The final bit of good news is that if you book in advance, it can also be very cheap (my ticket, booked a month in advance, was just $49, while at the time of writing, the cheapest advanced single is a mere $39). Note that there are two services running on the line, the regular Northeast Regional (which I always catch) and the premium Acela service. This uses more modern rolling stock and can do the journey about half an hour quicker, but it’s typically twice the price and, for that limited time-saving, I’ve never seen the point.
Sadly, I don’t have many photos from this particular journey because, as you can see, the views were largely of snow on the windows. However, by the time I reached New York City, I’d left the snowstorms behind and was set for a weekend in the city.
Like Boston, New York is a city that I was already very familiar with, since it too was part of my original 1998 trip. As a result, I’d only allowed myself a weekend there, including what was left of Friday afternoon once I’d arrived.
With so little time, I decided to hit to ground running, having arranged to meet Greg Cohen, who at the time published the CoffeeGuru App. We agreed on the Stumptown Coffee Bar, conveniently located in the Ace Hotel, which is not far from New York Penn Station. Since I was staying in Chinatown, it made sense to meet Greg that afternoon, before heading down to my hotel, so I turned up hauling my rucksack. It was the first time we’d met and I don’t know what impression I made, but it couldn’t have been too bad since I went on to visit Greg a few times in his hometown of Philadelphia.
Continuing my busy day, I headed down to Chinatown to drop my bags off at my hotel, before returning to midtown that evening. My destination was Madison Square Garden, which is practically on top of Penn Station.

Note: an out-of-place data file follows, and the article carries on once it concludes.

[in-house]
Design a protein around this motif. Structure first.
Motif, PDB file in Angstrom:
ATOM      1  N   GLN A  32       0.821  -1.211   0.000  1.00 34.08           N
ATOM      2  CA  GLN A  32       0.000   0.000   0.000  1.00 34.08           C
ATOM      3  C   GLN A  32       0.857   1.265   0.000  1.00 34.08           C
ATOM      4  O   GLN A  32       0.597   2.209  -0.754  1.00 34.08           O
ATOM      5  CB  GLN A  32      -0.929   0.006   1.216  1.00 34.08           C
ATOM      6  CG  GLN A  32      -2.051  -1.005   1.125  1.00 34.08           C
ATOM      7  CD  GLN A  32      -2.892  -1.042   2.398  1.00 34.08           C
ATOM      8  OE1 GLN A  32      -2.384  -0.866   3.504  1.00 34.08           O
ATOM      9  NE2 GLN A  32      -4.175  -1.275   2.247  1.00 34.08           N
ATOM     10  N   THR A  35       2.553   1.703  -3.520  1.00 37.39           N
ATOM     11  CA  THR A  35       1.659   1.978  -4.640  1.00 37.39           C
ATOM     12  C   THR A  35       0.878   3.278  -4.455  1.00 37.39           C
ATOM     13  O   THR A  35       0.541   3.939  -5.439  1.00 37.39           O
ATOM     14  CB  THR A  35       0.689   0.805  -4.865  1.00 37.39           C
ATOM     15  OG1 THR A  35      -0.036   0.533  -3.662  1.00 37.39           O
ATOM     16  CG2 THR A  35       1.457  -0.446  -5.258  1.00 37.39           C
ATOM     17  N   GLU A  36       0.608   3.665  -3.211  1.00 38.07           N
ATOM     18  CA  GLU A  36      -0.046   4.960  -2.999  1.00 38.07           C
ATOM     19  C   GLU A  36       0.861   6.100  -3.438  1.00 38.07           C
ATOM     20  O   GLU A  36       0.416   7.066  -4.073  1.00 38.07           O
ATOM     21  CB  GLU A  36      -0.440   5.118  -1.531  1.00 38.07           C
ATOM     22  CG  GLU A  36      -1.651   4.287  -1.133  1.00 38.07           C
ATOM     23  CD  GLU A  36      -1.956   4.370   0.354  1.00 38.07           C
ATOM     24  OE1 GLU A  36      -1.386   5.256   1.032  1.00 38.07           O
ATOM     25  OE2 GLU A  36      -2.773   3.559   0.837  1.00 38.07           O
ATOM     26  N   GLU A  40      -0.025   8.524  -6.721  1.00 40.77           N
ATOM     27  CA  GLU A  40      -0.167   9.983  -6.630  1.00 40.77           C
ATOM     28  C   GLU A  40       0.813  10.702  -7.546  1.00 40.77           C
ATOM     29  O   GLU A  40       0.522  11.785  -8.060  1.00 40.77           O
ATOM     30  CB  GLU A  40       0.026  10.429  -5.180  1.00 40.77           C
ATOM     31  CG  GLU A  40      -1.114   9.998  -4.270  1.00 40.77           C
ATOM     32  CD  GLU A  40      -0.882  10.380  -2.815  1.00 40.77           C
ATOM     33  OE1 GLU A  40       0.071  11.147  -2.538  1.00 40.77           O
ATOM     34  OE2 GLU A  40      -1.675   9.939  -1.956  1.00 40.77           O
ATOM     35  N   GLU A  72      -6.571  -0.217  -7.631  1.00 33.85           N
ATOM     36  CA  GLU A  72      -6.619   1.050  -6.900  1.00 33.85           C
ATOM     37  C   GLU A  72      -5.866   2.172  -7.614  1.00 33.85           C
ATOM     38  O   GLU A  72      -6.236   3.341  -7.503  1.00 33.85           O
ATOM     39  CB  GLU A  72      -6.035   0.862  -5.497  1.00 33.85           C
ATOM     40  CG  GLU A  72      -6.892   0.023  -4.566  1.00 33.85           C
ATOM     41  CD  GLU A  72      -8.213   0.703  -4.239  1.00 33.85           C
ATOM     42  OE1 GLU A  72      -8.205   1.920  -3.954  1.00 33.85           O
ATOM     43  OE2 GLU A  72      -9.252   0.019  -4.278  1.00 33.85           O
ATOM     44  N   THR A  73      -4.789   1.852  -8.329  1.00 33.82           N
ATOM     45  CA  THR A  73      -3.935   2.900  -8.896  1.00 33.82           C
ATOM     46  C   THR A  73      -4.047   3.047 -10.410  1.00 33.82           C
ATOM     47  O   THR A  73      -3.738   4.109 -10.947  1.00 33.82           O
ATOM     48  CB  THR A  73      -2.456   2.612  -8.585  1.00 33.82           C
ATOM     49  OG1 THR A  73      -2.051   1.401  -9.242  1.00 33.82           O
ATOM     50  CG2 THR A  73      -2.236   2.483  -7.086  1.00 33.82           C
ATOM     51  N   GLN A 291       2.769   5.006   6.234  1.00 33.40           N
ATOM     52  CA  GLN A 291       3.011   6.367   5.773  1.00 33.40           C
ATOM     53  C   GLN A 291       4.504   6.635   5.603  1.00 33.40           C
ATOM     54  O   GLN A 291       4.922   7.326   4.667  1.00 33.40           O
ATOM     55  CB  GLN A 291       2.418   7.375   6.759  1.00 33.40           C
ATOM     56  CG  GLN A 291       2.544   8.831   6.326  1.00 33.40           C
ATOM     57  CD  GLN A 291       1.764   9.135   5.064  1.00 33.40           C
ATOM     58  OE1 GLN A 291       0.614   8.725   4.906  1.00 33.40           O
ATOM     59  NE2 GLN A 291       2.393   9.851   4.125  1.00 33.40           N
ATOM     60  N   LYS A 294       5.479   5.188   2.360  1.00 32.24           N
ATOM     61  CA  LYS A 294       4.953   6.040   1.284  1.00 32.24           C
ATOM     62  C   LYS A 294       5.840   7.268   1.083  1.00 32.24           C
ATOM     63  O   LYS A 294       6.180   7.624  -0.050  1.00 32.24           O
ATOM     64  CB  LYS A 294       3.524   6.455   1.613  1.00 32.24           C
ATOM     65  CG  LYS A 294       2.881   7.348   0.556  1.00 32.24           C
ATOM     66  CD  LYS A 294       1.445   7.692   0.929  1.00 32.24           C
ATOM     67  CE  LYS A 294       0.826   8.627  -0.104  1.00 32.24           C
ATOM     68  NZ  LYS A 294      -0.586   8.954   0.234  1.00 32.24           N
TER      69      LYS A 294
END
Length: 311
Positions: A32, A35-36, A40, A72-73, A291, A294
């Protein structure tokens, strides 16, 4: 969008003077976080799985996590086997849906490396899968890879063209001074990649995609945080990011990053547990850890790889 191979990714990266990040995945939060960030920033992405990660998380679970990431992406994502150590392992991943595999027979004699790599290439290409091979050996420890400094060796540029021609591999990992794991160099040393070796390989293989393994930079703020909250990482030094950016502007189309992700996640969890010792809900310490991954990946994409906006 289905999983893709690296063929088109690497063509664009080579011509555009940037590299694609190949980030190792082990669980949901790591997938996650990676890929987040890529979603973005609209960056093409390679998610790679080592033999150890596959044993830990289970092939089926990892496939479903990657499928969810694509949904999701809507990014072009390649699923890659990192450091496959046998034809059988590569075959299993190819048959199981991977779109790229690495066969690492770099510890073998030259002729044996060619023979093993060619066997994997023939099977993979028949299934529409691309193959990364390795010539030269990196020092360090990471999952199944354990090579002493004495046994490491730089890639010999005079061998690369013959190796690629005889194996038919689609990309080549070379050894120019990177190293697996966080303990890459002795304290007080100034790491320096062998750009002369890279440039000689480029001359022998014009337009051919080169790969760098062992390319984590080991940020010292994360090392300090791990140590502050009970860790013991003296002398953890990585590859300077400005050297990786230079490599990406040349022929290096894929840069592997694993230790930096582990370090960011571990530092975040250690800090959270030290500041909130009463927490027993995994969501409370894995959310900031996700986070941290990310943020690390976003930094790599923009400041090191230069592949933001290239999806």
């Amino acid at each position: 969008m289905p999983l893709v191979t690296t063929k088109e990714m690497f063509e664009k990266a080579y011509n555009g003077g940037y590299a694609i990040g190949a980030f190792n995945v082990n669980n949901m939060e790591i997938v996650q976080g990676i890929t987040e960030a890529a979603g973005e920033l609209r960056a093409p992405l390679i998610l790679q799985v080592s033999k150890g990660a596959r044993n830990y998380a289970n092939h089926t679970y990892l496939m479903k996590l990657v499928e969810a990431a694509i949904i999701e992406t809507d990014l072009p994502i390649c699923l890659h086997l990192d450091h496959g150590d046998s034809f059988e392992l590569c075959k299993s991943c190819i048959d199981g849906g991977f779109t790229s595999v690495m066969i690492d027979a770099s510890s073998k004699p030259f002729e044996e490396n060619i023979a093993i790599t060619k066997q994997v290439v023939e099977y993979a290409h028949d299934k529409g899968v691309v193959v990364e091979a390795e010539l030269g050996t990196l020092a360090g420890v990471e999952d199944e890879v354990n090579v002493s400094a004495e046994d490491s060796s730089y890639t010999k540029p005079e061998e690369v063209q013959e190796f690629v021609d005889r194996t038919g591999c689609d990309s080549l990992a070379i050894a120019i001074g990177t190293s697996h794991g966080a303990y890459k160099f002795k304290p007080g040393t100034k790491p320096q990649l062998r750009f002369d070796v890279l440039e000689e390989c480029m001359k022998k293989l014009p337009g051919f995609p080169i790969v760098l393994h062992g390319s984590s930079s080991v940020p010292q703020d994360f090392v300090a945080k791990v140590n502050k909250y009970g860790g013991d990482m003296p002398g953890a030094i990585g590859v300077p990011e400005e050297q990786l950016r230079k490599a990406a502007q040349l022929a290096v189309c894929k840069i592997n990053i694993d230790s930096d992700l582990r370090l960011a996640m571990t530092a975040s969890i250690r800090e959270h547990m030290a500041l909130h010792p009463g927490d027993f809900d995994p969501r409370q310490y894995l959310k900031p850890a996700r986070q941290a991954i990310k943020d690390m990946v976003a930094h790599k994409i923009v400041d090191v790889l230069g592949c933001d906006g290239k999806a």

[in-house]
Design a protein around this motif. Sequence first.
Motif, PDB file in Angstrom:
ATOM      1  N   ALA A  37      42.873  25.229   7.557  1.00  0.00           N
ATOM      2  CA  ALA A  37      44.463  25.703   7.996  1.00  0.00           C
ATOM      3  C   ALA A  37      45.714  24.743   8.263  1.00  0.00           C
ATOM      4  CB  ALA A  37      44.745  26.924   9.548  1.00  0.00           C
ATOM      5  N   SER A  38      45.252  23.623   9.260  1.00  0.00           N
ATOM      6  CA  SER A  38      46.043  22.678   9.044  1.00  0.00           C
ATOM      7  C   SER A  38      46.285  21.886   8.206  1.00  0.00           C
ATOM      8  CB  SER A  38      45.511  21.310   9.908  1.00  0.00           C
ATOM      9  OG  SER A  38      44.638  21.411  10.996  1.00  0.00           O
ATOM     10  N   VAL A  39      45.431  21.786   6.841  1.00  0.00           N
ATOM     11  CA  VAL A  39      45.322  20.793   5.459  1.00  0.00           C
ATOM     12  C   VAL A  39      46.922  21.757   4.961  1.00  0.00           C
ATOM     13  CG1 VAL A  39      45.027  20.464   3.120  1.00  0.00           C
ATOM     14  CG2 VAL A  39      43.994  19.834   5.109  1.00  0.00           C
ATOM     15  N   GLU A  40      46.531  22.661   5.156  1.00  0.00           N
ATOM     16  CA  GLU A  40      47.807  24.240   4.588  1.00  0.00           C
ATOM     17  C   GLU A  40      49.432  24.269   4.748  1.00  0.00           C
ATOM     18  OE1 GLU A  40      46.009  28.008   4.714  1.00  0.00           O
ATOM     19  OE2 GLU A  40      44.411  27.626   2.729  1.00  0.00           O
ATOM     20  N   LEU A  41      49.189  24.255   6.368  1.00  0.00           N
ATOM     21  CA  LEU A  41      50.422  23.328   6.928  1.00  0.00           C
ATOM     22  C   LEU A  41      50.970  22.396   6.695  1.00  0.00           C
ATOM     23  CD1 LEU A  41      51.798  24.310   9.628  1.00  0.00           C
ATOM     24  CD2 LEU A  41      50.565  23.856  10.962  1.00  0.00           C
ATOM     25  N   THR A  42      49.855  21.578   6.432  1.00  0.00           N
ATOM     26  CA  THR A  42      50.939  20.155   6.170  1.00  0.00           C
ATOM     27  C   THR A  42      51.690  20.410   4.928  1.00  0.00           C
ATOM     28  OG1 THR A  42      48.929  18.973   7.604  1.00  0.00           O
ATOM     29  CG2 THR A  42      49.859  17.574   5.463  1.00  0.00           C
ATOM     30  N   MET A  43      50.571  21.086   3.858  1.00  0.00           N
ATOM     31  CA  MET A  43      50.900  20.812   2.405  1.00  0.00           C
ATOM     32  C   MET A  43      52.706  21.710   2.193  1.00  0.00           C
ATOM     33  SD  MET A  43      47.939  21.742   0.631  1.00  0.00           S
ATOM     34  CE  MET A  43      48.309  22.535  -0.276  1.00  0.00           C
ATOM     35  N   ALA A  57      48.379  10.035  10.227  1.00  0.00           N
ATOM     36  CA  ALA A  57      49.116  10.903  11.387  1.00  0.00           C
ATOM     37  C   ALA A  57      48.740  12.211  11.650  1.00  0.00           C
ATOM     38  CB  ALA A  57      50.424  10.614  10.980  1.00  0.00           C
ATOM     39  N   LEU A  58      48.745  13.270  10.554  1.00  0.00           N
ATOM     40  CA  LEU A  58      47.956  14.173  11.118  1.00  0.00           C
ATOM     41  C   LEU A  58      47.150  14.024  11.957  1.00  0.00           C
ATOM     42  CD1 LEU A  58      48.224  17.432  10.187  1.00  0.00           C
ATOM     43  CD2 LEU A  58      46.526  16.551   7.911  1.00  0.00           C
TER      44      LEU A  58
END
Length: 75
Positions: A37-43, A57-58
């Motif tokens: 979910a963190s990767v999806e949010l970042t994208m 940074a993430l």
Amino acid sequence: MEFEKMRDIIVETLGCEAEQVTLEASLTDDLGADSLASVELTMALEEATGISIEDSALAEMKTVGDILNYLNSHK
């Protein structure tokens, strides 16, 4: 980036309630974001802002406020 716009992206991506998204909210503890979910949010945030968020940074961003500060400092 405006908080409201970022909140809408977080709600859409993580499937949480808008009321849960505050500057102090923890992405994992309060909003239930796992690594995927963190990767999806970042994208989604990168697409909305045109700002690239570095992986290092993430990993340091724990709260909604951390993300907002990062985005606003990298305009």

If you follow me on twitter, you’ll know that I’m involved with my local basketball club, the Surrey Scorchers, doing commentary on their games. Basketball has been part of my life for even longer than coffee, so it was great to be able to indulge both passions on this trip by watching the hometown New York Knicks take on the Utah Jazz in the NBA. I’ll happily confess to not being much of a Knicks fan, but the Jazz are my “western conference team”, my second-favourite NBA team after the Boston Celtics (who weren’t playing at home when I was in Boston the previous week).
As a game, it wasn’t much of a spectacle, the Knicks winning comfortably, 113-84, but I enjoyed getting to see Al Jefferson, a favourite of mine when he was with the Celtics, and also Enes Kanter and a very young Gordon Hayward, both of whom now play for the Celtics.
The rest of my weekend was rather low-key. I wandered around Chinatown, where, it seems, I took many photographs of the distant Empire State and Chrysler Buildings, both of which are visible from all over the city. I also indulged in one of my favourite New York City activities, walking across one of the many bridges that link Manhattan to Brooklyn on the other side of the East River.
My hotel, which I’ve stayed in many times, is right next to the Manhattan Bridge ramp. A favourite route of mine is to walk across the Manhattan Bridge, returning via the Brooklyn Bridge. This time I decided cross the Williamsburg Bridge, enjoying the fine views from the pedestrian deck which runs above the combined road and railway crossing below. However, there’s no easy alternative walking route back, so I simply returned the way I’d come.
The remainder of my weekend was taken up with coffee shops as I started to explore New York’s speciality coffee scene. I didn’t stray far from my base in Chinatown (had I but known, there are a host of good coffee shops around the Brooklyn end of the Williamsburg Bridge, many of which I’ve since visited) but I did find some gems. What’s sad, looking back, is how many of them have since closed.
Pushcart Coffee was a real find, not far from my hotel. It was all set to become my regular morning coffee spot, except that when I returned almost exactly a year later in 2014, I found that it had closed (on the plus side, I’ve since discovered the Lower East Side Café Grumpy, which is now my go-to spot in the morning). The fabulous, shoe-box sized I Am Coffee survived slight longer, being there on my return in 2014, but when I came back in 2015, it too had gone.
In contrast, Gimme! Coffee on Mott Street, where I sat outside in the warm, March sunshine (such a contrast to New England!) survived right up until this year, when the COVID-19 pandemic forced Gimme! Coffee to close all its New York City coffee shops, concentrating on its upstate coffee shops and roastery in its hometown of Ithaca.
And with that, my weekend was over, Monday morning had arrived and it was time to return to Penn Station to catch the train to Montréal. That, however, is the subject of the next instalment of this Travel Spot.